Margate Caves

Vortigern Cave


Useful Information

Image: an old entrance to the cave.
© Mick Crowhurst, with kind permission.
Location: Margate, Kent. Lower end of the Northdown Road, near the Margate War Memorial.
Open: closed due to subsidence.
[2012]
Fee: closed due to subsidence.
[2012]
Classification:  Rock Mine
Light: electric.
Dimension:  
Guided tours: self guided, L=100m.
Photography:  
Accessibility:  
Bibliography: Harriet Crawford (1979): Subterranean Britain, Aspects of Underground Archaeology, John Baker, London, 201 pp numerous illus., pp 185-187
Address: Margate Caves, 1 Northdown Road, Cliftonville, Margate, Kent CT9 2RN, Tel: +44-1843-220-139, Fax: +44-1843-834-428.
As far as we know this information was accurate when it was published (see years in brackets), but may have changed since then.
Please check rates and details directly with the companies in question if you need more recent info.
Last update:$Date: 2015/08/30 21:55:10 $

History

 
1798rediscovered by the gardener of Francis Forster.
1914new entrance from the cellar of the vicarage.
2005closed due to susidence.
2011the owner Thanet District Council destroys the entrance.

Description

Image: the main hall.
© Mick Crowhurst, with kind permission.

The Margate Cave had to be closed because of the instability of the soft chalk. There was subsidence which made the visit unsafe. We do not know if there is any chance that they will be reopened, but at the moment there are no activities to reopen them. In January 2011 the current owner Thanet District Council destroyed the entrance to the cave. The council announced, that it could not afford to restore them, and at the same they created a fait accompli by demolishing the entrance building and closing the entrance with concrete. The locals immediately founded a campaign group called Friends of Margate Caves, who want the caves re-opened. They are collecting money and trying to interest English Heritage to take over. The main goal at the moment is to make sure that there is no further destruction which would be irreversible.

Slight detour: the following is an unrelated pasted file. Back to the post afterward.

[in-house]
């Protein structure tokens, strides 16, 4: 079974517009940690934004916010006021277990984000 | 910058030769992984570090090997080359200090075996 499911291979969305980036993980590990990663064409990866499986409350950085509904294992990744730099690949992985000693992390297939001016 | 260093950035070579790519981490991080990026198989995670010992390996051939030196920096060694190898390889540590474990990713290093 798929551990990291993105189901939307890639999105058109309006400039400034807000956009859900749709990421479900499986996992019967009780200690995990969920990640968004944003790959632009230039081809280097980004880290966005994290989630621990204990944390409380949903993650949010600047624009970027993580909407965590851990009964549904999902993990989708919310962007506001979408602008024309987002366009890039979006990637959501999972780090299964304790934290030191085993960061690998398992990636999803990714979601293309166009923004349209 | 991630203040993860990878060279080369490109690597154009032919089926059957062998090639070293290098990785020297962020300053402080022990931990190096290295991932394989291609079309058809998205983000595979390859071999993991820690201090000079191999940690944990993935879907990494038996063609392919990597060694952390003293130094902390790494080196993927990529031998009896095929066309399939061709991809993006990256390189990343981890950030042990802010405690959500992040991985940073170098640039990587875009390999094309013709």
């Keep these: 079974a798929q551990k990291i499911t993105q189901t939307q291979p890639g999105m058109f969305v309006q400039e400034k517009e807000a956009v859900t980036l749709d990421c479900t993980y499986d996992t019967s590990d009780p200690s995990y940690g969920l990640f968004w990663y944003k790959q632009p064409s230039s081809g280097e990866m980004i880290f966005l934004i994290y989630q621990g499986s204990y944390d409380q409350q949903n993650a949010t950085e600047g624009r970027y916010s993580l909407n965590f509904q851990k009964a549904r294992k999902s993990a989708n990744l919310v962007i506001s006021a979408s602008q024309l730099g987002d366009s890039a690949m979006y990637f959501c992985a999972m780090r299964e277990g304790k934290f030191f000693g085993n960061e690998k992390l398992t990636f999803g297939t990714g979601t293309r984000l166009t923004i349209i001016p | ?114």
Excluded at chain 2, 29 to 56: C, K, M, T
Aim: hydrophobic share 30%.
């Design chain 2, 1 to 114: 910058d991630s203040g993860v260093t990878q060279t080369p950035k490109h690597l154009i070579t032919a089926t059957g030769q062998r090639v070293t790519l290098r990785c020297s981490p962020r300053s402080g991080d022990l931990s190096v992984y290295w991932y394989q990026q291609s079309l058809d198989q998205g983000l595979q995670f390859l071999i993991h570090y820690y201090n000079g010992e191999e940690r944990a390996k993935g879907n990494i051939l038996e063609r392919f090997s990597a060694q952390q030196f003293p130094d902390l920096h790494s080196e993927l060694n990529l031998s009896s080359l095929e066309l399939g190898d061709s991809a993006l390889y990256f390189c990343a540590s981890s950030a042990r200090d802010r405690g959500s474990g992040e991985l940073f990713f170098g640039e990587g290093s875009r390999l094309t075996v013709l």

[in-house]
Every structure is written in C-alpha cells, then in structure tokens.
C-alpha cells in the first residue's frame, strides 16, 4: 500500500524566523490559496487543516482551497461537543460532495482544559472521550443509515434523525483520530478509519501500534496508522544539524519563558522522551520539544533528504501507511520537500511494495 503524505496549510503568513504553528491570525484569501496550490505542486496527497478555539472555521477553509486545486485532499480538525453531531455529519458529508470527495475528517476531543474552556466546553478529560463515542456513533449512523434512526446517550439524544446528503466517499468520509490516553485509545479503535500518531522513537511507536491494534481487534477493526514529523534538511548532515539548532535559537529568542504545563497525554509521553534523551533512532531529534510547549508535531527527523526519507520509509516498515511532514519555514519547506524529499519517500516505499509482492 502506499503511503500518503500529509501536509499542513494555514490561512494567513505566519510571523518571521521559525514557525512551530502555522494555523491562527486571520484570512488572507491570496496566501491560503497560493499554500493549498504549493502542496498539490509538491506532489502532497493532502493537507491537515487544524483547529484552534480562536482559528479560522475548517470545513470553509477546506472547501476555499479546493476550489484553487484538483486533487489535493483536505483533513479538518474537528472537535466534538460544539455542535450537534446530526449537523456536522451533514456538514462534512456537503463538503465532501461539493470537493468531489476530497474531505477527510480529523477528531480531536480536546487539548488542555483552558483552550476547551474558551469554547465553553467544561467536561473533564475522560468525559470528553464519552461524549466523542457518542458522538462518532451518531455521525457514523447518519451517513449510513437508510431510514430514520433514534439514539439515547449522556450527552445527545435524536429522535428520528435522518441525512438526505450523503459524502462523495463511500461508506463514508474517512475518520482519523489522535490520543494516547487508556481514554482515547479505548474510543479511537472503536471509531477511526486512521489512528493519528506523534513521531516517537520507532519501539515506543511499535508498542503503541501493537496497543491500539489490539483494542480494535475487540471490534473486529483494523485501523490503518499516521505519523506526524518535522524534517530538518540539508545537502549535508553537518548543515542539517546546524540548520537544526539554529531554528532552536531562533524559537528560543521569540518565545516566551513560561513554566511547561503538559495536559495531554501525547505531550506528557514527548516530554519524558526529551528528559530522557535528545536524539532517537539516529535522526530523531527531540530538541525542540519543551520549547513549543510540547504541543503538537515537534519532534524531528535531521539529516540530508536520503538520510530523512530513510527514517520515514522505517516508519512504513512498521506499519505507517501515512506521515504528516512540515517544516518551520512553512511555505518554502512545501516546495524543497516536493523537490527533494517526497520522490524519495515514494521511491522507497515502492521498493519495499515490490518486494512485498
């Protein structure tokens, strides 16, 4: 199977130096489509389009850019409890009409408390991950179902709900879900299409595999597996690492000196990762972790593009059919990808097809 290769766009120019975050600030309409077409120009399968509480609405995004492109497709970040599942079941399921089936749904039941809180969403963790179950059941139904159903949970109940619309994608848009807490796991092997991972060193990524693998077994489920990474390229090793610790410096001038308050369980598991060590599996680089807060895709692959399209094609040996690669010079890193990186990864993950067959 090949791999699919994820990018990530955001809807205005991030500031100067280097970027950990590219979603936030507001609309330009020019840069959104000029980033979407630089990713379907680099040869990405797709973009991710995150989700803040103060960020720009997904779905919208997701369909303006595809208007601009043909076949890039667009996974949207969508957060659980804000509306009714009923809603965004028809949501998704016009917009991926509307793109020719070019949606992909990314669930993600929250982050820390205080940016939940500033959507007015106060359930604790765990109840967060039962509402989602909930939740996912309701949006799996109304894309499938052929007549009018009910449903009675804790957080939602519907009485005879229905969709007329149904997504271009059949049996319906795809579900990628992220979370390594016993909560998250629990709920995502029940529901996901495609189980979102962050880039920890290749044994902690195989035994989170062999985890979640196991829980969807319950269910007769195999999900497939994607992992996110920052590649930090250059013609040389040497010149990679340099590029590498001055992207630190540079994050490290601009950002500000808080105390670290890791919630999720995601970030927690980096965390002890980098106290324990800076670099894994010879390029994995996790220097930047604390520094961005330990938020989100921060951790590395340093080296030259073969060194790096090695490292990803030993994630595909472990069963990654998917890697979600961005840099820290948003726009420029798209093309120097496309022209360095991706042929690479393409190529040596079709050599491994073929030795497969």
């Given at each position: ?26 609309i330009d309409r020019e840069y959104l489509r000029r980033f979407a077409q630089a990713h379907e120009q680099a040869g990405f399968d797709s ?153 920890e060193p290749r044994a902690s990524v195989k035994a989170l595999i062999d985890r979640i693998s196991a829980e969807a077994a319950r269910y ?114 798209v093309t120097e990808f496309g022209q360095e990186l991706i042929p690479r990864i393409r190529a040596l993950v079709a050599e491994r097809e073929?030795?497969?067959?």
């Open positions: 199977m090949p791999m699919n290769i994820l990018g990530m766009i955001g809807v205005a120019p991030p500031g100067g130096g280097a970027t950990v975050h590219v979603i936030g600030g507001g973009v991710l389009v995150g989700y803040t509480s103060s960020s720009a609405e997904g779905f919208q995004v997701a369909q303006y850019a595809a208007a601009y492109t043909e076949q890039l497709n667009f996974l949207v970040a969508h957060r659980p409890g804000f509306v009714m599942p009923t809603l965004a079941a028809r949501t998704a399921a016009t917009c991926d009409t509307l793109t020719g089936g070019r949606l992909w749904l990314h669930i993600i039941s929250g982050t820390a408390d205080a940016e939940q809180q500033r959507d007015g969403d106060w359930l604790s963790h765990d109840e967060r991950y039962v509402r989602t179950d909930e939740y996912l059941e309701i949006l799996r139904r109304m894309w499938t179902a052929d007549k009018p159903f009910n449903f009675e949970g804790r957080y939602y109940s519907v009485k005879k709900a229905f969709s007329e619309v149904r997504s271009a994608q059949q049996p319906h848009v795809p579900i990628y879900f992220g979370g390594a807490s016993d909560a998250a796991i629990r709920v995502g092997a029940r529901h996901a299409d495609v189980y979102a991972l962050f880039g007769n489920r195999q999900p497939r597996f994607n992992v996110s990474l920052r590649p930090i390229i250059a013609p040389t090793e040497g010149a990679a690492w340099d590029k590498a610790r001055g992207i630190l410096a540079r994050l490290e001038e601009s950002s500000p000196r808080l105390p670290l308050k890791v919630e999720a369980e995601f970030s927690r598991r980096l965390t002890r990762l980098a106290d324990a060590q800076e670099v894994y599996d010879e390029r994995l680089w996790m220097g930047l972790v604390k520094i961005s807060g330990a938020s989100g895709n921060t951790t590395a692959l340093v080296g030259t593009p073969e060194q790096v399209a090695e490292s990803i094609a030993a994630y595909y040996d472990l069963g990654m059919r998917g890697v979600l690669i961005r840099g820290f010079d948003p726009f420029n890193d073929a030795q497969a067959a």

Margate Cave is a series of large rooms, artificially hewn out of the soft chalk. It looks like an old chalk quarry. The highlights of the tour are the Smugglers Refuge, the Torture Chambers and Dungeons. All those names are funny, but not very plausible explanations.

The Dungeon is a curious double chambered excavation below the floor of the main cave. It certainly was not a mining operation but the original purpose is not known. The cave is not very usefull for smugglers, as there is no connection to the sea, and the only way to get into the caves originally was down a shaft.

In the 18th century, a man of eccentric habits, named Francis Forster, built a large house in Margate. He named it after the county of his birth Northumberland House. In or about the year 1798 his gardener, digging behind the house, rediscovered the caves. Soon after a personal entrance to the caves was cut.

Very interesting features are definitely several cave paintings, created after the rediscovery. One is called the Thanet Giant. According to folklore, they were painted by a local artist named Brazier. But whoever it was: in order to obtain a surface on which to paint, the painter smoothened the great chalk wall. It is very sad for modern archaeologists, that he destroyed many interesting and valuable tool marks by this action.

In 1914, a new entrance was made from the cellar of the vicarage, which is the entrance used today. The vicarage was part of Northumberland House and was destroyed in World War II.


Image: two soldiers in the uniform of the era of George III.
© Mick Crowhurst, with kind permission.

Rediscovered by accident in 1798, these caves are reputed to be of Saxon origin, consisting of a series of natural passages, which have been artificially enlarged, perhaps for the chalk. They contain some unusual paintings, somewhat faded, of two soldiers in the uniform of the era of George III. They appear to be guarding, one on each side, the entrance to a narrow and gloomy passage.

The caves take their name from King Vortigern, who gave the area around Margate to the Saxons as a reward for helping him fight the Picts and Scots. (The structure was known as Vortigern Caves when Tony wrote this in 1972. the Ed.)


Text from: Tony and Anne Oldham (1972): Discovering Caves - A guide to the Show Caves of Britain. With kind permission by Tony Oldham.



Margate Caves Gallery

See also


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